By Erin Beck
The City of Shinnston is nearing a settlement with NAJ, LLC, following a lawsuit filed against the Charleston-based company, said Trey Simmerman, attorney for the city.
Last week, Simmerman said the potential settlement was “circulating.”
Harrison County Circuit Judge Thomas Bedell dismissed the case on Sept. 30, writing in an agreed order of dismissal that parties had announced to the court that the “matters and differences between and among them related to this matter had been settled, compromised and resolved.” The case was dismissed with prejudice, meaning permanently.
In the lawsuit, filed in Harrison County circuit court on March 14, the city, represented by Simmerman, alleged that NAJ, which owns the abandoned home severely damaged by fire at 101 Charles St., had created a public nuisance in violation of city and state code.
The lawsuit refers to NAJ, LLC as a “shell entity utilized by its owners to purchase real estate properties at tax sales throughout West Virginia, including in the City,” and that on those properties, “there are located materials, conditions and substances which create a public nuisance(s), namely dilapidated and dangerous buildings, and other offensive and unsightly matter in excessive amounts and quantities.”
The lawsuit says this nuisance reduces property value and promotes “blight and deterioration which, if permitted to remain, will continue to destroy the natural beauty of the City and have adverse economic and social effects on the City.”
Robert L. Johns and Thomas F. Johns are the LLC’s sole listed officers/members, the lawsuit states. The company has not responded to multiple reporter inquiries.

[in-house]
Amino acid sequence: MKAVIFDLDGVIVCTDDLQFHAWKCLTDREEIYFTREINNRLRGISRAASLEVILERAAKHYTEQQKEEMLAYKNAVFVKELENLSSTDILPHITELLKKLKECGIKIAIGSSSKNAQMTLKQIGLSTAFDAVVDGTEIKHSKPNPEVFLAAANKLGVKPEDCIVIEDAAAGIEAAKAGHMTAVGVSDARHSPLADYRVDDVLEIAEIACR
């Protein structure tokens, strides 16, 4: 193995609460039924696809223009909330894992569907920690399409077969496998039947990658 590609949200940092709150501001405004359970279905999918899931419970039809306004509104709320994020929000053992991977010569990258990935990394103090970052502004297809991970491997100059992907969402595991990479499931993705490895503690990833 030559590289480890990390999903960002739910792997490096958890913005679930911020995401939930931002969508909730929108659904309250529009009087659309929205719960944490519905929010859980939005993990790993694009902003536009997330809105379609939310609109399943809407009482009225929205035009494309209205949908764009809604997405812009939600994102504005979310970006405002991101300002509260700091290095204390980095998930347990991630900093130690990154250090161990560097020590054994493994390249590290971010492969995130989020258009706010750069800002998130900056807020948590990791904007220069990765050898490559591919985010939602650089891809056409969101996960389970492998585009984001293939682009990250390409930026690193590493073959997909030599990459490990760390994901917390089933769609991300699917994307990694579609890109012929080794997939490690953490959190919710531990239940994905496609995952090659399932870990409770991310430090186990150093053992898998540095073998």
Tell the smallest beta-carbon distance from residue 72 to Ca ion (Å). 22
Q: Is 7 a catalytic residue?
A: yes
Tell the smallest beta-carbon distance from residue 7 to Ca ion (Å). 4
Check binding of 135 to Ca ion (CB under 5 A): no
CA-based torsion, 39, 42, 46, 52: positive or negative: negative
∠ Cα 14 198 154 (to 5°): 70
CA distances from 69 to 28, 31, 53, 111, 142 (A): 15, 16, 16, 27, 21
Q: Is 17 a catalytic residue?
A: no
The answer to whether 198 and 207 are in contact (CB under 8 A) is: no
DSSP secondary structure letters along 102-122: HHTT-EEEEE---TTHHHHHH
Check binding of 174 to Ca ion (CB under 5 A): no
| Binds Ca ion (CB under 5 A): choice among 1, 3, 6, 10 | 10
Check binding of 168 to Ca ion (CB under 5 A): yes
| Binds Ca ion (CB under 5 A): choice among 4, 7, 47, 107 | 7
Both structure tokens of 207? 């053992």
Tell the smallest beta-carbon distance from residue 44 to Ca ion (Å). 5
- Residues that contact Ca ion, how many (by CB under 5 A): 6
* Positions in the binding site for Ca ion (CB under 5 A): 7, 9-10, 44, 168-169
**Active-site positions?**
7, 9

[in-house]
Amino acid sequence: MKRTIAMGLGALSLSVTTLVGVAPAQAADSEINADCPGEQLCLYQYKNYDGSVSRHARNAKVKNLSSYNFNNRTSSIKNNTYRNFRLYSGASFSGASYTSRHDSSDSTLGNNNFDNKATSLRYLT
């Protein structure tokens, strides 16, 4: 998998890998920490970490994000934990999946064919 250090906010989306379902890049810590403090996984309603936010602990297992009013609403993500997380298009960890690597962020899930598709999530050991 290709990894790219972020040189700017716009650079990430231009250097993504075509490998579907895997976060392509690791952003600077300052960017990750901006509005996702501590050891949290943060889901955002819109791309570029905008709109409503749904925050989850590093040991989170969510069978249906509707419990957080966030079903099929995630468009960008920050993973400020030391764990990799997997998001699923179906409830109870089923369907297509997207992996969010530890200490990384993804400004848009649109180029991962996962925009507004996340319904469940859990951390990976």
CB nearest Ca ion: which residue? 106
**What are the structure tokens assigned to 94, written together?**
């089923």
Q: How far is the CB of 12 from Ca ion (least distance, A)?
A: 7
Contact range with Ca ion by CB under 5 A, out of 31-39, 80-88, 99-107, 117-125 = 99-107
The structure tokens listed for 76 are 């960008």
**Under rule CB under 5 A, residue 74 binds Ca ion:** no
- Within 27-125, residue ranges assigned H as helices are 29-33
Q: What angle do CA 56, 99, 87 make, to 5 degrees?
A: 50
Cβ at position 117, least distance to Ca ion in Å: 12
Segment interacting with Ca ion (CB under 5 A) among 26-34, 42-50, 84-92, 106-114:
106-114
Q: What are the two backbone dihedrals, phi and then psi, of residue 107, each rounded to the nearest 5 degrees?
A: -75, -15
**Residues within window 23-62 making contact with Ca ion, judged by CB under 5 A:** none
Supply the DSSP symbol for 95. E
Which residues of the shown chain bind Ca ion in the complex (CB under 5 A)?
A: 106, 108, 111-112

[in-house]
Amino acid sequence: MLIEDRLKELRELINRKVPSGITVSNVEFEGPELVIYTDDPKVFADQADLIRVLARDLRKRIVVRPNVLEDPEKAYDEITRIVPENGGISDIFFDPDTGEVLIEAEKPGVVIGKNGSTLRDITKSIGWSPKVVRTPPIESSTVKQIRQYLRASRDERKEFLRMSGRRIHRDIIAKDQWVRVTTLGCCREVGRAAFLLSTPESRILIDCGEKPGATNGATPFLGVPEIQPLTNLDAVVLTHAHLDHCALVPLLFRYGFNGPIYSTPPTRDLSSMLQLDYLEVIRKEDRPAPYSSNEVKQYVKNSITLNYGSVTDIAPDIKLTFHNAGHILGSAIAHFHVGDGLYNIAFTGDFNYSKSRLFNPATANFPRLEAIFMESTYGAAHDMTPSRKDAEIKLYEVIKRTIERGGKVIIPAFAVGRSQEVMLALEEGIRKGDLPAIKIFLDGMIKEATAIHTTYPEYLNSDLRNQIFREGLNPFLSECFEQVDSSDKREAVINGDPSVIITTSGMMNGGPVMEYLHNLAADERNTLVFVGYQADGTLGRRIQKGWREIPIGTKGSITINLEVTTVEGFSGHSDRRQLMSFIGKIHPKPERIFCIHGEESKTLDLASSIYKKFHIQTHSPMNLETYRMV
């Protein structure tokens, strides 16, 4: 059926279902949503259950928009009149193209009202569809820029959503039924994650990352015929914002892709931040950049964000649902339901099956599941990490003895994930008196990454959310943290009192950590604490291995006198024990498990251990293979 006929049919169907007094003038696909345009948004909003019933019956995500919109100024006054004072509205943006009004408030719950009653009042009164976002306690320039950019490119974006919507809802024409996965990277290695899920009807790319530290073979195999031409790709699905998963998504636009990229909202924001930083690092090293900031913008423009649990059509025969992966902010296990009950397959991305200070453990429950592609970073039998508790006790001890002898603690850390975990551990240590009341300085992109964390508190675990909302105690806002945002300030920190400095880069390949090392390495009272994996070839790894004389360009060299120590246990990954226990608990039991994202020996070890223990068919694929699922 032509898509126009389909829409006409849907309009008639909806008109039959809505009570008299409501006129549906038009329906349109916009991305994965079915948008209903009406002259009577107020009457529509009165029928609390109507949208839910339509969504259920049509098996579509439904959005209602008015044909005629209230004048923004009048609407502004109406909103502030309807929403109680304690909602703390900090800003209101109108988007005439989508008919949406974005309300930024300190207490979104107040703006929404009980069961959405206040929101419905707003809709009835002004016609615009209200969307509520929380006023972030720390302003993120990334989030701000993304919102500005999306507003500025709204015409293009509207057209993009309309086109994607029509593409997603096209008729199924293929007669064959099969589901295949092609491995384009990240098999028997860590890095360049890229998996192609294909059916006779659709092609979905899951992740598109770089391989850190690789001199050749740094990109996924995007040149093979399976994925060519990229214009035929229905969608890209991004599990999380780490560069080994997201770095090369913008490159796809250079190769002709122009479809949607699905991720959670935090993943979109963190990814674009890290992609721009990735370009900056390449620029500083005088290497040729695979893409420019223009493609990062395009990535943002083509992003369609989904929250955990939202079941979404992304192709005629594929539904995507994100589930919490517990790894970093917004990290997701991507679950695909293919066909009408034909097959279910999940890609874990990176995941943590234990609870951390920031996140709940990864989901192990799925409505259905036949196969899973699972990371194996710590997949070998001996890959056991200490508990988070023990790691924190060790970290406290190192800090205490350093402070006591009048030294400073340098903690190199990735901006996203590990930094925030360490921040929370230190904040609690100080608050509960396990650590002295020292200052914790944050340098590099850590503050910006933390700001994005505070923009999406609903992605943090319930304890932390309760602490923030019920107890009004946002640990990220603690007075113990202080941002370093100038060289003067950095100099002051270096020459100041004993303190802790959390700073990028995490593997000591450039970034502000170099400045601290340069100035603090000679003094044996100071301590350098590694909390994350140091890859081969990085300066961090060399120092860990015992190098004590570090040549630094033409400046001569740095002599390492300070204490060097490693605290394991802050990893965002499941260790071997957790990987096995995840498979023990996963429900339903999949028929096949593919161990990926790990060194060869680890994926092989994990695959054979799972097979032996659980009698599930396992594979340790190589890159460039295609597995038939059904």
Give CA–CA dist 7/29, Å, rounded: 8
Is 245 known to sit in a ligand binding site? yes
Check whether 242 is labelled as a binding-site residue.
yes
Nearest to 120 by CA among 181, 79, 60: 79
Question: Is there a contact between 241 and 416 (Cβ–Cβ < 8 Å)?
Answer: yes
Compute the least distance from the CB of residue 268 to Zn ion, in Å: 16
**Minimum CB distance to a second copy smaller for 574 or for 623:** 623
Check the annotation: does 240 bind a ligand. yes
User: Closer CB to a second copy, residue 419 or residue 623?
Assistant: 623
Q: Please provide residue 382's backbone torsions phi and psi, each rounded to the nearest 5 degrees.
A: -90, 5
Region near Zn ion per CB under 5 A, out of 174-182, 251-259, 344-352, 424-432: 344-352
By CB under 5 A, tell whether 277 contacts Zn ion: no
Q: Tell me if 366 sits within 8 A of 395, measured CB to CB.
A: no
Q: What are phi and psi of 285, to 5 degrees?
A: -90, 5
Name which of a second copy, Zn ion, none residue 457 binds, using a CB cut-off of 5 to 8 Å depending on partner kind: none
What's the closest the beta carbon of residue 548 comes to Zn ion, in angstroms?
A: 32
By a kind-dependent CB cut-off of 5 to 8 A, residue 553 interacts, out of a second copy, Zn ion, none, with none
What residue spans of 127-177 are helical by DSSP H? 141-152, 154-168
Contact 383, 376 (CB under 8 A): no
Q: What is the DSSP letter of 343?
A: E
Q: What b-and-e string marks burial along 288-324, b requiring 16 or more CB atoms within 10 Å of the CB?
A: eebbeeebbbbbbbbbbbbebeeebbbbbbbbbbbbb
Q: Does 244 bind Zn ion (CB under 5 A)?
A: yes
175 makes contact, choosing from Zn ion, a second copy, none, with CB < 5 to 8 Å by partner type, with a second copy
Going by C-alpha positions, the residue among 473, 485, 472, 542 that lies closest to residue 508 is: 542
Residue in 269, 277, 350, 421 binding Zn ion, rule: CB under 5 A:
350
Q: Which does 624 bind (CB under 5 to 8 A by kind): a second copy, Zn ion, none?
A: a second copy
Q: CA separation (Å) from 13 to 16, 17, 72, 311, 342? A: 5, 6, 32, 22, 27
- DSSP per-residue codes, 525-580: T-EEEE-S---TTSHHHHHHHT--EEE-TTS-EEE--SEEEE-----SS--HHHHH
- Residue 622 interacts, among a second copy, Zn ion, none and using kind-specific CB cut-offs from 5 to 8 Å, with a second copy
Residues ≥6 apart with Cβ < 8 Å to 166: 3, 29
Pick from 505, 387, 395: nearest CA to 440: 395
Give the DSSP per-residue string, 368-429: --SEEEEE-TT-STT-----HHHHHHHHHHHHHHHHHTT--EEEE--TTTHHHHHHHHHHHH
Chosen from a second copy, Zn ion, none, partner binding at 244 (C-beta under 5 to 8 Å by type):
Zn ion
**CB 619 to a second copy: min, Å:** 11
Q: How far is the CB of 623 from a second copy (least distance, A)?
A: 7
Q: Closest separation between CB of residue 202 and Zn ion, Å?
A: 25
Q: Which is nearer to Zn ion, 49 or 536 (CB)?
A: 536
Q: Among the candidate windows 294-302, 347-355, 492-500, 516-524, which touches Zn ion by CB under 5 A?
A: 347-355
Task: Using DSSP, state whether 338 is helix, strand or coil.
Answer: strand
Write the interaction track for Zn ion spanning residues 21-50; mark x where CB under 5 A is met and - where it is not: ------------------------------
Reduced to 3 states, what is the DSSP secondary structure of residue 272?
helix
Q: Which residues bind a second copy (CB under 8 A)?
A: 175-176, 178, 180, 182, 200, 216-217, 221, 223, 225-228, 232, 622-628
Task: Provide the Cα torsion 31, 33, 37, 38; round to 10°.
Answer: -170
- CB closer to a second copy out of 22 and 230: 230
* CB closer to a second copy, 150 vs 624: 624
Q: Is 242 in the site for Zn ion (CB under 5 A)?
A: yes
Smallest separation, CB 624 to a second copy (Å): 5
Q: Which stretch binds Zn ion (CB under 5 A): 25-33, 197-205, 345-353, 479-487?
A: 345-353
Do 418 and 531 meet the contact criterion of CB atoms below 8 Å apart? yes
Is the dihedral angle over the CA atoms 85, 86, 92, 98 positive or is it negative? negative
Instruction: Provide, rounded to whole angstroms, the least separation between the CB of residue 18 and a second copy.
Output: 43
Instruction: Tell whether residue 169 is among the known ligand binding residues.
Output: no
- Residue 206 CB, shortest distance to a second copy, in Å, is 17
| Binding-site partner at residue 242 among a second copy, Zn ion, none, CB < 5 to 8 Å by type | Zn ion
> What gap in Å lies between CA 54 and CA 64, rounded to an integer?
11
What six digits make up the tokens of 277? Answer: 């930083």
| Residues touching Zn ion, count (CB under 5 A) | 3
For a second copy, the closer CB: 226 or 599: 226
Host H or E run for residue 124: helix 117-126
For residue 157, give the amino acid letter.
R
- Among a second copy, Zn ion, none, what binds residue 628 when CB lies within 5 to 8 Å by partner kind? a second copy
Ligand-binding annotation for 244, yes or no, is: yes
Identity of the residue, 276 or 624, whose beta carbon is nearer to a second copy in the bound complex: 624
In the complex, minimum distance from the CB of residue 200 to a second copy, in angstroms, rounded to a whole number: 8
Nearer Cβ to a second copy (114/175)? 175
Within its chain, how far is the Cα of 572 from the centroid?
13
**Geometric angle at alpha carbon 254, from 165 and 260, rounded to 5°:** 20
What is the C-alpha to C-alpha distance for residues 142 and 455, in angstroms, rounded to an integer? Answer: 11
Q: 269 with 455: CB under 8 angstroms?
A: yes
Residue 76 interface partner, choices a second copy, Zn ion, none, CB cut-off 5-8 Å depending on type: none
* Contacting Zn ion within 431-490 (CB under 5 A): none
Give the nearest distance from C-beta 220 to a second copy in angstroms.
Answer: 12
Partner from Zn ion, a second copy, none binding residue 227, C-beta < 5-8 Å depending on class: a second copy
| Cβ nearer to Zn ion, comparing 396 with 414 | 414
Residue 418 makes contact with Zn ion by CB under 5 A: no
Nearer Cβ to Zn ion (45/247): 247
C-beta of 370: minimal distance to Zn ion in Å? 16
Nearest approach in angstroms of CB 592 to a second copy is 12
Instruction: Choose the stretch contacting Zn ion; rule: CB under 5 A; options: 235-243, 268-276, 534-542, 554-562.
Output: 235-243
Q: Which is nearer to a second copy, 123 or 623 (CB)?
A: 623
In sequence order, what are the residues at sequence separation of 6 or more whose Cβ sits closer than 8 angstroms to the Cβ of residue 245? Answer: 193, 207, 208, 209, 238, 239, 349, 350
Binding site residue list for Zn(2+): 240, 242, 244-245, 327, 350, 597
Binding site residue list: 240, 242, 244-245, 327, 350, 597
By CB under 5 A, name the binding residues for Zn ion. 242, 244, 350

Rather than seeking solely monetary damages, the lawsuit says that because of NAJ’s “persistent nuisance activity,” an “action for damages is wholly inadequate.” The city asked the judge to award the city a lien against NAJ’s real estate “in any amount of any costs/expenses incurred by the city in abating said nuisance conditions” but also asked the court to order NAJ, LLC “to refrain from any future action that results in the creation of a public nuisance.”
City officials had made a number of remarks and had multiple discussions about how to solve the problem for at least a year and it was unclear during Council meetings whether a lawsuit had ever been filed.
City Manager Chad Edwards has also said NAJ had purchased another property in Shinnston during talks with the company.
Following a public records request for correspondence and legal documents, Edwards referred further questions to Simmerman, who provided the lawsuit case number, 22-C-43-2.
In response to inquiries, officials in Bridgeport and Clarksburg also confirmed NAJ, LLC owns properties elsewhere in the county.
Kim Karakiozis, Clarksburg director of finance, said “NAJ, LLC owns several properties in Clarksburg and in Harrison County… They purchased the majority, if not all of them, from the Sheriff’s annual Tax Lien Sales.”
Brian Newton, Bridgeport city manager, said NAJ “owns three properties in Bridgeport. We have had trouble with a couple of the properties and took them to court on one of the properties. We got a judgement against them on that particular piece of property.”